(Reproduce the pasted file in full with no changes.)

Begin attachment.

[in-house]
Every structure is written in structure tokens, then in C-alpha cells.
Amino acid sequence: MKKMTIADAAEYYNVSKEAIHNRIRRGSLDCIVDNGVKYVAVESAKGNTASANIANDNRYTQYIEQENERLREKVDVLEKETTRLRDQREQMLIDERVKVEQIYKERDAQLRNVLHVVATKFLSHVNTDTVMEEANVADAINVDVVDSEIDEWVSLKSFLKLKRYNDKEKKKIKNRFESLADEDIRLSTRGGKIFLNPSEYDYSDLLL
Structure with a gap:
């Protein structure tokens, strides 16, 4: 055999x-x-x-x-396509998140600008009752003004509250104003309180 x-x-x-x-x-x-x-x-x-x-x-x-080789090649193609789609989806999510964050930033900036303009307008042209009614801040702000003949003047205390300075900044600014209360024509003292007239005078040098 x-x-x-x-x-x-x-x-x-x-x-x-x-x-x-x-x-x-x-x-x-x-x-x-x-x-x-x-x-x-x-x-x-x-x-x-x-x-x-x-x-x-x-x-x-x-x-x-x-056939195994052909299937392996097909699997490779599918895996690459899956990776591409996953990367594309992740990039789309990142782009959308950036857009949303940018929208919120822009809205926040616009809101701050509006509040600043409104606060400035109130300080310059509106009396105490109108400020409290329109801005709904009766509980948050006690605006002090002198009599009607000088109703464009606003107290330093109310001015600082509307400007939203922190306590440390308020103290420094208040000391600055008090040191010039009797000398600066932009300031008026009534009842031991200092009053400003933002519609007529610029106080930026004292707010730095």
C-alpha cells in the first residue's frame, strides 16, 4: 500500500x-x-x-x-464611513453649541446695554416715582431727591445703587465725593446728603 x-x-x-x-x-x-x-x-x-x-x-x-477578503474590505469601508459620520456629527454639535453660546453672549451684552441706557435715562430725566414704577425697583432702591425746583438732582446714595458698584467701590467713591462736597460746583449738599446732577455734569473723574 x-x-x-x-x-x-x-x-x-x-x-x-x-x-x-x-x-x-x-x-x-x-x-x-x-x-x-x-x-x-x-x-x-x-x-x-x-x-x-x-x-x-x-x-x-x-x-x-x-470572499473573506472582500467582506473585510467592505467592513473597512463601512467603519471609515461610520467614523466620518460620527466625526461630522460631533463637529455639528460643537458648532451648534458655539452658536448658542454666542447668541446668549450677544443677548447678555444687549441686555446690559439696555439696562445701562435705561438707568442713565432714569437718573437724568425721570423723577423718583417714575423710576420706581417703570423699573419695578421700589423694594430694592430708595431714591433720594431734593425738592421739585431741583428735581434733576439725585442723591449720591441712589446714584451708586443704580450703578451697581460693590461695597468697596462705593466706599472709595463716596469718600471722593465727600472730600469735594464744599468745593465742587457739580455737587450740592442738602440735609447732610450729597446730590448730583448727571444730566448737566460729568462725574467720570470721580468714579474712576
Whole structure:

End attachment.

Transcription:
[in-house]
Every structure is written in structure tokens, then in C-alpha cells.
Amino acid sequence: MKKMTIADAAEYYNVSKEAIHNRIRRGSLDCIVDNGVKYVAVESAKGNTASANIANDNRYTQYIEQENERLREKVDVLEKETTRLRDQREQMLIDERVKVEQIYKERDAQLRNVLHVVATKFLSHVNTDTVMEEANVADAINVDVVDSEIDEWVSLKSFLKLKRYNDKEKKKIKNRFESLADEDIRLSTRGGKIFLNPSEYDYSDLLL
Structure with a gap:
């Protein structure tokens, strides 16, 4: 055999x-x-x-x-396509998140600008009752003004509250104003309180 x-x-x-x-x-x-x-x-x-x-x-x-080789090649193609789609989806999510964050930033900036303009307008042209009614801040702000003949003047205390300075900044600014209360024509003292007239005078040098 x-x-x-x-x-x-x-x-x-x-x-x-x-x-x-x-x-x-x-x-x-x-x-x-x-x-x-x-x-x-x-x-x-x-x-x-x-x-x-x-x-x-x-x-x-x-x-x-x-056939195994052909299937392996097909699997490779599918895996690459899956990776591409996953990367594309992740990039789309990142782009959308950036857009949303940018929208919120822009809205926040616009809101701050509006509040600043409104606060400035109130300080310059509106009396105490109108400020409290329109801005709904009766509980948050006690605006002090002198009599009607000088109703464009606003107290330093109310001015600082509307400007939203922190306590440390308020103290420094208040000391600055008090040191010039009797000398600066932009300031008026009534009842031991200092009053400003933002519609007529610029106080930026004292707010730095």
C-alpha cells in the first residue's frame, strides 16, 4: 500500500x-x-x-x-464611513453649541446695554416715582431727591445703587465725593446728603 x-x-x-x-x-x-x-x-x-x-x-x-477578503474590505469601508459620520456629527454639535453660546453672549451684552441706557435715562430725566414704577425697583432702591425746583438732582446714595458698584467701590467713591462736597460746583449738599446732577455734569473723574 x-x-x-x-x-x-x-x-x-x-x-x-x-x-x-x-x-x-x-x-x-x-x-x-x-x-x-x-x-x-x-x-x-x-x-x-x-x-x-x-x-x-x-x-x-x-x-x-x-470572499473573506472582500467582506473585510467592505467592513473597512463601512467603519471609515461610520467614523466620518460620527466625526461630522460631533463637529455639528460643537458648532451648534458655539452658536448658542454666542447668541446668549450677544443677548447678555444687549441686555446690559439696555439696562445701562435705561438707568442713565432714569437718573437724568425721570423723577423718583417714575423710576420706581417703570423699573419695578421700589423694594430694592430708595431714591433720594431734593425738592421739585431741583428735581434733576439725585442723591449720591441712589446714584451708586443704580450703578451697581460693590461695597468697596462705593466706599472709595463716596469718600471722593465727600472730600469735594464744599468745593465742587457739580455737587450740592442738602440735609447732610450729597446730590448730583448727571444730566448737566460729568462725574467720570470721580468714579474712576
Whole structure: